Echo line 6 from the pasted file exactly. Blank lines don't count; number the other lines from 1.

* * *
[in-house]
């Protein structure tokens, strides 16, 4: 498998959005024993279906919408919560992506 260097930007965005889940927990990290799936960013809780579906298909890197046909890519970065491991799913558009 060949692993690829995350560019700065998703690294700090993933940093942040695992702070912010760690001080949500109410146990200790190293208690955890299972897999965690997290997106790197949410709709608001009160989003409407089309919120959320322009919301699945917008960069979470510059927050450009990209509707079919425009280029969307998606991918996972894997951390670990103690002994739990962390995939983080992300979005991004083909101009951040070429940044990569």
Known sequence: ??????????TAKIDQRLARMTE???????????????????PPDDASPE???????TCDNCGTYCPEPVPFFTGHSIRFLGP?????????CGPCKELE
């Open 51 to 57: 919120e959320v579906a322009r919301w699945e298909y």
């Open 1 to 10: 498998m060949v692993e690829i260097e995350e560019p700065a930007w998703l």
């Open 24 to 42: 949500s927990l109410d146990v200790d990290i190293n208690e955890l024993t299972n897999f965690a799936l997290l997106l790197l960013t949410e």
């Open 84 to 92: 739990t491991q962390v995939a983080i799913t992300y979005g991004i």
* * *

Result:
């Open 24 to 42: 949500s927990l109410d146990v200790d990290i190293n208690e955890l024993t299972n897999f965690a799936l997290l997106l790197l960013t949410e």